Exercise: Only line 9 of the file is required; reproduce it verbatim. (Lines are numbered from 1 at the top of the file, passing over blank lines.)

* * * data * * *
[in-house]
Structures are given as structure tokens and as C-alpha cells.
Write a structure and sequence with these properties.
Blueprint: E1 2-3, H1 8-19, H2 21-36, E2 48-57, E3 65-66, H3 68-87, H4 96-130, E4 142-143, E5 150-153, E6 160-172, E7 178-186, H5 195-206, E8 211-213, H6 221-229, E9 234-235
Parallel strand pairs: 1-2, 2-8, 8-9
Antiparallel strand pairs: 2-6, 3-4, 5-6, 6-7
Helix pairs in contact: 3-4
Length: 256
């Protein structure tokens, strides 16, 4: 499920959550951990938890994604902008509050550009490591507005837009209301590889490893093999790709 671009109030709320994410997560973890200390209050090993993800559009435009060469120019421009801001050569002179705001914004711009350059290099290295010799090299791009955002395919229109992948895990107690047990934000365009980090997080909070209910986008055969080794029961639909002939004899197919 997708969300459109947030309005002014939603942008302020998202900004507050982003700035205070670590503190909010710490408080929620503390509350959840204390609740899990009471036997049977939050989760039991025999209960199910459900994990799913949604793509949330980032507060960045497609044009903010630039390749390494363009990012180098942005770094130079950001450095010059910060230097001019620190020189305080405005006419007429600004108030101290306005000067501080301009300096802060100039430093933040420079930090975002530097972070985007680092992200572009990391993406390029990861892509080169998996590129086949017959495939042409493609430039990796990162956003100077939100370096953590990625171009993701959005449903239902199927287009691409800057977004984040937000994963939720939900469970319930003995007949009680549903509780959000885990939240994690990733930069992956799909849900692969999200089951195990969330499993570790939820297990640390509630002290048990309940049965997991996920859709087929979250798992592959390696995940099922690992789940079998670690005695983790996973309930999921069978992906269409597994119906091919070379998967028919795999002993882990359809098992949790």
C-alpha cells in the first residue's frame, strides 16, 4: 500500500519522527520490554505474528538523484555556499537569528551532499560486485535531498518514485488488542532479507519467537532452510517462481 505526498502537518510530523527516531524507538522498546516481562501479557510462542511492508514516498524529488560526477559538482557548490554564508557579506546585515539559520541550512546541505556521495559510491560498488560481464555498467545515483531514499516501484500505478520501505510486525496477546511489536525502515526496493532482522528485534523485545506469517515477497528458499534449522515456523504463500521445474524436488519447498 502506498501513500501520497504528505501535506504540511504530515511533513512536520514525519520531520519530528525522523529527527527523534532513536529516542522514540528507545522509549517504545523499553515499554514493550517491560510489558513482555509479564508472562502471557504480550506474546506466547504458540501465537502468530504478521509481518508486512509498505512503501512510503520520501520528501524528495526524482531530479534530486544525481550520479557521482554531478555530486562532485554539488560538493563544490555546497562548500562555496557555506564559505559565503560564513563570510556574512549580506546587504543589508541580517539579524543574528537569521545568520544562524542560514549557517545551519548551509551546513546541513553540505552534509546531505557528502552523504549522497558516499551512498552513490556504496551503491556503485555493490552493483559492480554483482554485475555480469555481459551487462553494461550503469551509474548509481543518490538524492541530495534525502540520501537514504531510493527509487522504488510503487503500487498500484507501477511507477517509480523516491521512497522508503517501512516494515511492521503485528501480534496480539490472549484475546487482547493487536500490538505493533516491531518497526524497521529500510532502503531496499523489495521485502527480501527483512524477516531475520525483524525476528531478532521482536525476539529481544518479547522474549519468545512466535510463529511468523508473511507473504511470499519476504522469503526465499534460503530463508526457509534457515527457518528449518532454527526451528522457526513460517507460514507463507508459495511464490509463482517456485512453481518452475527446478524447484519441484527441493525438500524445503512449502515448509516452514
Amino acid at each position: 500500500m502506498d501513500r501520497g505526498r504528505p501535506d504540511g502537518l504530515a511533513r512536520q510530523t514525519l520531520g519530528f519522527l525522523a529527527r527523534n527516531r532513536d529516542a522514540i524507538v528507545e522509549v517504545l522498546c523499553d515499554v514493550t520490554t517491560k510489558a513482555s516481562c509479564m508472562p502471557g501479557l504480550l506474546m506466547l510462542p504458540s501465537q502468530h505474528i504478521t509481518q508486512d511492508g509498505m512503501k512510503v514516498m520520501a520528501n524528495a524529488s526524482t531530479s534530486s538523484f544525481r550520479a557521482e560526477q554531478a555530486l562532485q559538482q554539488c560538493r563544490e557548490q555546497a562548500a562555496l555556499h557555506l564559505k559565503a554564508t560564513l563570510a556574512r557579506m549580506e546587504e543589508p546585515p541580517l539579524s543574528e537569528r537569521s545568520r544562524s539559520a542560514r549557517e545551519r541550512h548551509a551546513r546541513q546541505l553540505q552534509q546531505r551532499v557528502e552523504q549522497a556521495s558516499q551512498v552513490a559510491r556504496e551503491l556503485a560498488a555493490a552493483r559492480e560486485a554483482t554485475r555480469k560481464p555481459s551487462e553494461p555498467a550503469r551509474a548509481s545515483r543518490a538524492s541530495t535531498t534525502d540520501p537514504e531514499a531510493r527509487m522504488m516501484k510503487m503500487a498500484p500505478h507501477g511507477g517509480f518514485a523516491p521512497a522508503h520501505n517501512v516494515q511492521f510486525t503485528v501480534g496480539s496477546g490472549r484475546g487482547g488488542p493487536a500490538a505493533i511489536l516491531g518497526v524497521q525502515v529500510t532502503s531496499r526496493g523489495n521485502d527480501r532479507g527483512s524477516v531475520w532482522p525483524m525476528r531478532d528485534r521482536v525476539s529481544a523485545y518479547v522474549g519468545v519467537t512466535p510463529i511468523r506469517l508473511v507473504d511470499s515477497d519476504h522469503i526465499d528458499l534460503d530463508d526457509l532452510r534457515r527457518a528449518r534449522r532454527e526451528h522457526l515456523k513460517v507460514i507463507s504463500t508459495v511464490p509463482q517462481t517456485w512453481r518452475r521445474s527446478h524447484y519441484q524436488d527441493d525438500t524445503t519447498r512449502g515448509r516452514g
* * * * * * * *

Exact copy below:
């Protein structure tokens, strides 16, 4: 499920959550951990938890994604902008509050550009490591507005837009209301590889490893093999790709 671009109030709320994410997560973890200390209050090993993800559009435009060469120019421009801001050569002179705001914004711009350059290099290295010799090299791009955002395919229109992948895990107690047990934000365009980090997080909070209910986008055969080794029961639909002939004899197919 997708969300459109947030309005002014939603942008302020998202900004507050982003700035205070670590503190909010710490408080929620503390509350959840204390609740899990009471036997049977939050989760039991025999209960199910459900994990799913949604793509949330980032507060960045497609044009903010630039390749390494363009990012180098942005770094130079950001450095010059910060230097001019620190020189305080405005006419007429600004108030101290306005000067501080301009300096802060100039430093933040420079930090975002530097972070985007680092992200572009990391993406390029990861892509080169998996590129086949017959495939042409493609430039990796990162956003100077939100370096953590990625171009993701959005449903239902199927287009691409800057977004984040937000994963939720939900469970319930003995007949009680549903509780959000885990939240994690990733930069992956799909849900692969999200089951195990969330499993570790939820297990640390509630002290048990309940049965997991996920859709087929979250798992592959390696995940099922690992789940079998670690005695983790996973309930999921069978992906269409597994119906091919070379998967028919795999002993882990359809098992949790």